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Bear N Mom - Growing Up in the 1950s - The School Years

Updated on May 23, 2016
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Growing up along the Allegheny River in the 1950's was an exciting and time for a child to learn and grow with personal experiences.

Aspinwall Elemetary, 5th & Center Ave.
Aspinwall Elemetary, 5th & Center Ave.
One of the Stone Castles on Center Avenue
One of the Stone Castles on Center Avenue

School Days

As I said earlier, the elementary school was around the corner and up the avenue from our house. I remember my first day of Kindergarten. The school was built on an inclining terrain and It was on the upper side of the school. You had to climb a three steps and cross a little sort of bridge with iron railings to get into the school. It was scary to me because I was afraid of heights, something I only realized later in life. Once in school you had the normal half day of structured play times and nap times with the milk snack in between.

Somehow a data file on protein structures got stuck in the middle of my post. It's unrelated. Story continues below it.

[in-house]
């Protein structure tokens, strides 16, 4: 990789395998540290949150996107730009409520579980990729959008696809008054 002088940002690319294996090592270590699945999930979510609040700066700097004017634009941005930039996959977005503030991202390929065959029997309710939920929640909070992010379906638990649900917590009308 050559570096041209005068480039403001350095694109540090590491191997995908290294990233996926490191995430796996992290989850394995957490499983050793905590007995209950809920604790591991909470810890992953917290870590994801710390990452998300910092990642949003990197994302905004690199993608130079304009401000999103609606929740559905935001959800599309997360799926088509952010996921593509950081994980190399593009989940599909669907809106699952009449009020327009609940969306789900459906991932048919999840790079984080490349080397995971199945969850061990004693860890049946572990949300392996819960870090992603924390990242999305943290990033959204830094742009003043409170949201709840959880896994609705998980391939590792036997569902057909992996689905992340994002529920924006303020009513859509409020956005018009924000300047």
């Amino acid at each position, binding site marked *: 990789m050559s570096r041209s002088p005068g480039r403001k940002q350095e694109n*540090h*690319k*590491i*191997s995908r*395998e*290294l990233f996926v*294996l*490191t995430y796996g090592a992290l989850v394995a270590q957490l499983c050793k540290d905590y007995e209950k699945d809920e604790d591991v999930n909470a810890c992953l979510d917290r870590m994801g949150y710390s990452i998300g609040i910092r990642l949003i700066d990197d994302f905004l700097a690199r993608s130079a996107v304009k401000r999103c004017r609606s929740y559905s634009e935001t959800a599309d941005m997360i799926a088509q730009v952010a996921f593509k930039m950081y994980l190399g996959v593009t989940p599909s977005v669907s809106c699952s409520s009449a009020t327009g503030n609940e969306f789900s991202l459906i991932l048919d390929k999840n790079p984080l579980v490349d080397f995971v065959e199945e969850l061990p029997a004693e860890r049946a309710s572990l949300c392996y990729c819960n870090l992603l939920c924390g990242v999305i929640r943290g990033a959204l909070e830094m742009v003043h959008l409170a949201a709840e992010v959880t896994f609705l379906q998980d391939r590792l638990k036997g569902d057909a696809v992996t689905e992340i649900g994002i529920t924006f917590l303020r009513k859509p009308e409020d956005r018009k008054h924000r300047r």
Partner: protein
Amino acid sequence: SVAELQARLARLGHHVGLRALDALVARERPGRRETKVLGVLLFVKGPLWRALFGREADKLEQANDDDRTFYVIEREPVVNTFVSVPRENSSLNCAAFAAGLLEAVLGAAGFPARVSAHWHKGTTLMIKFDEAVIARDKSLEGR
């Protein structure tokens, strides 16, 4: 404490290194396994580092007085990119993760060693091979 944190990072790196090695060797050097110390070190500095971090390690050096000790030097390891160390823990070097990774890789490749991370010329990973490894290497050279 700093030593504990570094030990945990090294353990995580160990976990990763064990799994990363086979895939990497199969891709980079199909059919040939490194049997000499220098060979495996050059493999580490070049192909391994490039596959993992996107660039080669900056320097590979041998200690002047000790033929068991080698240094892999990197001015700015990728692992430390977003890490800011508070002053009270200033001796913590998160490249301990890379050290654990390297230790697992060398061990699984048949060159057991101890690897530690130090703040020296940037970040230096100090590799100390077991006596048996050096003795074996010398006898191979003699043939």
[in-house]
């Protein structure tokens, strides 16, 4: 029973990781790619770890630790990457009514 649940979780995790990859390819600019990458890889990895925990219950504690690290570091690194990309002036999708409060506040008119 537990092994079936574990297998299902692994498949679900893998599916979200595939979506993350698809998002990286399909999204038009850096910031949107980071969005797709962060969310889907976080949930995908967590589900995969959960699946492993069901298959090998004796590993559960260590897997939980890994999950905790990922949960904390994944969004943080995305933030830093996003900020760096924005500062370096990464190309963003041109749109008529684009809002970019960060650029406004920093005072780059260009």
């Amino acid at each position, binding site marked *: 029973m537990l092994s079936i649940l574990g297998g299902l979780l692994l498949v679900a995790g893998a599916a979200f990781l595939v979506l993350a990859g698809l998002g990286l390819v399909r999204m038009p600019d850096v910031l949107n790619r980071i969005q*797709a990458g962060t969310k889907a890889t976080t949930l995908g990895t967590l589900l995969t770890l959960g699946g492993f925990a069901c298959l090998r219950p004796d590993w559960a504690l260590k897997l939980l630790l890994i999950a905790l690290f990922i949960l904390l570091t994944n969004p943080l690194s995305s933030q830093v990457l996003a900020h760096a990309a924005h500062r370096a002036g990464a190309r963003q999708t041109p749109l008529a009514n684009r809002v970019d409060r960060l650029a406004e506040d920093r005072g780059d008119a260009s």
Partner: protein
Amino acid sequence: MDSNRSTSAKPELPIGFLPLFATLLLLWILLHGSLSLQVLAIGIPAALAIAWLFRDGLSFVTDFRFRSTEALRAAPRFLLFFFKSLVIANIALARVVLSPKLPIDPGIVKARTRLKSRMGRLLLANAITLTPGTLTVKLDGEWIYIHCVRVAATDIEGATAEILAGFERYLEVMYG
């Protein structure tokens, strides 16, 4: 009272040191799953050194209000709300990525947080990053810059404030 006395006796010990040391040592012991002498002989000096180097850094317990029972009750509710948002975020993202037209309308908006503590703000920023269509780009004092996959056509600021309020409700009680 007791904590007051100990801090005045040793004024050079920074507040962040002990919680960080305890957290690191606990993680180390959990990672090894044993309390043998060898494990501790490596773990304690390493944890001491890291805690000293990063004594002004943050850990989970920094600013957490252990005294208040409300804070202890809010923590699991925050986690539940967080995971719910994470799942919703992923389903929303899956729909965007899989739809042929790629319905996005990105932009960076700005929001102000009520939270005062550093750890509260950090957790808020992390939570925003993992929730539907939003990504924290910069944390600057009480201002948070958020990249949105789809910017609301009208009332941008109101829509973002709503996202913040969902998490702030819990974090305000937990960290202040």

After a couple of months I was allowed to cross the avenue to get to school by myself and would scamper home after school past the corner store. During the week, I didn't have money to spend on penny candy so I had to find other diversions to keep me busy.

And, other diversions I did find. I told you in an earlier passage that I was a wanderer and growing to the ripe old age of 5 didn't make me any better. I remember one particular late afternoon that I went home with another student to play at her house. What did I know about telephones and to let my mother know where I was. My new friend lived in a stone house across from the school and up the hill a little bit. When I got older I learned that her house and about 6 others were built into the hill as a kind of community. Their design was Austrian and the complex even had an artisian water supply built into the hill.

But, I digress from my story. Later in the evening I wandered back down the hill past Conn's store and around the corner to my house. OOPS! My dad was up from his nap and I was late for dinner. There he stood on the top step of our house with a switch off the mighty maple that grew in front of our house. With a swoosh of the switch, I made it past my Dad and got to the kitchen. I was given a real reprimand by my Mom and sent on to bed.